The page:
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Interviewing Chinese Jazz Improvisation Band Red Scarf
Music Journalism | Interview: China’s experimental jazz band RED SCARF
This interview was conducted during my internship as a cultural journalist working at the Shenzhen-based Enclave Media. Red Scarf is one of the most respected Chinese experimental jazz band, who love to improvise on stage. All members are conservatory-trained with virtuosity in instruments performance.
See Red Scarf: https://youtu.be/kTvqTY_9V20
Tomorrow’s music festival, Thus speak the band Red Scarf
2017-06-16 | Column: Music Guide for Young Artists
Part 1 Red Scarf and Past and Present
Enclave: Hello Red Scarf! First question: why did you choose the name “Red Scarf”? I also know that every member all has their own music projects. What kind of coincidence made everyone come together?
Red Scarf: I originally wanted to be called the Young Pioneer, but it was too long. Later, I thought about calling Young Pioneer Lamb Chops Neil, but it was a bit awkward and hard to remember. Later, I felt that it was not a taboo to call the Red Scarf. The three of us originally belonged to another band, so we won’t mention that band, but we came together because of we “taste music similarly”.
Enclave: Will the Red Scarf still appear at the OCT B10 Jazz Festival in the second half of 2017?
Red Scarf: I participated in both 2015 and 2016. I am embarrassed and will never end in 2017. In the second half of the year, I plan to participate in a music festival in Ningbo, probably in July. At the end of the year, I may go to the north, Xinjiang, or something else, but it depends on the situation. We will not limit our future plans too much.
Enclave: Is Red Scarf’s latest album already in production? What kind of innovation will there be?
Red Scarf: Yes, we will go to Guangzhou to record in two days. The content of the new album will be more specific. We recorded the first album freely and improvised. This one is more targeted. There is an argument before the experiment. It will not always be in the stage of improvisation.
Enclave: The theme of the previous picture is four very complicated characters, haha
Red Scarf: The previous album was very abstract, half of the arrangement consisted of free improvisation, the new album will be more specific. The new album emphasizes musicality, and it’s all well-arranged and fully specific music.
Enclave: Do you have discussions on the topics presented on the stage before doing a completely improvised Live?
Red Scarf: No, we totally improvise.
Part 2 Individual visit by band members
Enclave: Then let me ask everyone some questions separately. Mr. Li Xing, what brand of effects do you usually use?
Li Xing: There are too many effects, and they often change. There are some guitar forums where people will exchange second-hand effects. For a fixed configuration, LOOPS STATION was used more in the previous album. I will use some non-traditional methods to use LOOPS, which is a completely different method. If you listen normally, you may not be able to hear that LOOPS is used. The play method is not too conventional. I perfect my techniques by watching some videos and listening to videos of various effects.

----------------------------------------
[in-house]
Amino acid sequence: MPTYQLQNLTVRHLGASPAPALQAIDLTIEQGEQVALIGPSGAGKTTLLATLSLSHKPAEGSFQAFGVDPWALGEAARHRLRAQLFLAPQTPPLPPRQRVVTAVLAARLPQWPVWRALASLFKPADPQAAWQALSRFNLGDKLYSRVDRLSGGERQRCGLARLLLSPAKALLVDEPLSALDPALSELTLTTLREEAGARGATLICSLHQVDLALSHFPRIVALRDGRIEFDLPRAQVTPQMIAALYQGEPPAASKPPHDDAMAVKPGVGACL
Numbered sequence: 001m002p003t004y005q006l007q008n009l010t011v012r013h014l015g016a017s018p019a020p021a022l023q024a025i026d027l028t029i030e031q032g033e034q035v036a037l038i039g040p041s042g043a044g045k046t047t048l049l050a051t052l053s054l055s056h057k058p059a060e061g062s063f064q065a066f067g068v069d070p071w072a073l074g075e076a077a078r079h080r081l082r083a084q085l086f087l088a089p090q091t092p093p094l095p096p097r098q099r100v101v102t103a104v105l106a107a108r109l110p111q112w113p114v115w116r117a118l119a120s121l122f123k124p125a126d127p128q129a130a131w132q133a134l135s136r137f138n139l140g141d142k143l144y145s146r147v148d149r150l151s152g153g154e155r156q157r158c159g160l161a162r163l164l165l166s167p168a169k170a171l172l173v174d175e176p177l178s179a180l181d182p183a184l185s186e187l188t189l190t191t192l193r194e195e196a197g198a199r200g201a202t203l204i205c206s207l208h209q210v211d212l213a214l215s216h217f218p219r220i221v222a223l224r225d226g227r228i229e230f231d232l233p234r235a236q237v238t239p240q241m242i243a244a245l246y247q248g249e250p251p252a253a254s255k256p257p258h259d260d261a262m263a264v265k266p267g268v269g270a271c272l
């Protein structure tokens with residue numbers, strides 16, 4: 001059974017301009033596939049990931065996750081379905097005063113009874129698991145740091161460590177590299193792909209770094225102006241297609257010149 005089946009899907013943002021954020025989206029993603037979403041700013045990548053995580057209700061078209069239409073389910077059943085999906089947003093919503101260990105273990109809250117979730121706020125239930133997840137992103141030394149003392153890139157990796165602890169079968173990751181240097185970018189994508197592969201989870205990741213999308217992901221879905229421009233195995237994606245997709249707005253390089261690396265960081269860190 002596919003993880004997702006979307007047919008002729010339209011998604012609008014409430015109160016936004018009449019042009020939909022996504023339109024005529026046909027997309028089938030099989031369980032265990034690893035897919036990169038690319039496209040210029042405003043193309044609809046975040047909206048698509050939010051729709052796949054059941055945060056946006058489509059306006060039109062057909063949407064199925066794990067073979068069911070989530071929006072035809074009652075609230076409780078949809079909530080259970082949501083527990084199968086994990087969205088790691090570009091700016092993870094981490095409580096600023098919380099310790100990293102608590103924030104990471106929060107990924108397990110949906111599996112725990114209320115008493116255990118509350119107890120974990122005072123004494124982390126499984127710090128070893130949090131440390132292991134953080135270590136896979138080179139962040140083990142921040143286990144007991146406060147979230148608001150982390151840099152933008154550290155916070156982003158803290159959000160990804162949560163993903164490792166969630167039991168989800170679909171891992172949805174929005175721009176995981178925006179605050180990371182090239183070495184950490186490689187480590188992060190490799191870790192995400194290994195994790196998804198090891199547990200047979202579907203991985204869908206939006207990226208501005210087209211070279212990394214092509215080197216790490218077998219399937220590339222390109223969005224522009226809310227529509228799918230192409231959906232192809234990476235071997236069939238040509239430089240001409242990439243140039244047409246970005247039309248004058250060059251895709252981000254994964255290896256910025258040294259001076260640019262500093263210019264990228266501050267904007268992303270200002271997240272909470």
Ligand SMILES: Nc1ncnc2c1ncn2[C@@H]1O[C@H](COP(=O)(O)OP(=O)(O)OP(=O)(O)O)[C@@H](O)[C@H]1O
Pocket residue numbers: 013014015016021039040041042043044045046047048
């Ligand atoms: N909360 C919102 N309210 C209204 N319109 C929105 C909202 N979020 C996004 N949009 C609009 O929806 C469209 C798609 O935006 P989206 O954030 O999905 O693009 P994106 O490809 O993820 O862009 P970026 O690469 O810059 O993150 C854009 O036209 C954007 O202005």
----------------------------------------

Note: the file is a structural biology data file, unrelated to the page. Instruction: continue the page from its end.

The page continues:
Enclave: What is your personal favorite album? Do you like Lou Reed’s Metal Machine Music?
Li Xing: A lot, those in the 70s, I like Lou Reed, modern bands will be influenced by the Velvet Underground. From a contemporary perspective, what a good guitarist must have is the accumulation of avant-garde rock and psychedelic rock, as well as the albums that define New Age music among the classic jazz albums.
Enclave: Have you considered an experimental work of pure guitar?
Li Xing: Absolutely.
Enclave: Mr. Lao Dan, I particularly like your work “Antique”. Why did you name it? What is the imitation of the ancient?
Lao Dan: There are flute and xun in that song. Because xun is a very old musical instrument, my theme is to imagine ancient times. I use xun because its sound has ancient characteristics. In thinking, imagine yourself in that era.
Enclave: What kind of challenges do you think jazz composed of pure Chinese bands will face in terms of tonality and structure, and what kind of room for innovation will there be? Name-nothing-virtual seems to be this model.
Lao Dan: Ming-wu-xu still has a stronger national character. Min Xiaofen has a sense of blues and some innovative techniques. Their academic nationality is still very strong, and their experimental and jazzy qualities are not so strong. If it is a Chinese musical instrument to engage in jazz music, you must first jump out of the academic circle. If a musician who wants to engage in national experiments, first he must learn some national instruments systematically. After learning those things, if he wants to engage in avant-garde national music. It is necessary to completely discard the academic stuff and start to have its own set of things. (Academic) That set of things is too restrictive. The academic refers to the music that I usually learn in school. In fact, ancient Chinese music is very experimental. Before the reform and opening, many songs were influenced by model dramas, and the music styles were also in the form of ABA, with one beginning and one ending. Therefore, the academic school has been deeply influenced by this in the later period until now. If you want to engage in experimental folk music, you must discard all of these. It must have its own characteristics. Nowadays, the students at the academic school are all too similar. For example, Mr. Wang taught 5 students, and other teachers heard-“Ah, Mr. Wang’s students!”, so they are equally matched, the technique and music are the same, and they lack their own characteristics.
Enclave: Then you should be completely free from the shackles of the academic school now.
Old Dan: Oh, for so many years already. We were like that in college. Before my junior year and sophomore year, I was still practicing some academic stuff. Later I listened to a lot of things, all kinds of world music, and some jazz. Then I just I felt that there was a gap between what I learned and what I listened to, so I thought about it for a while, and put aside the shackles to engage in my own things. Some things are purely to practice for exams.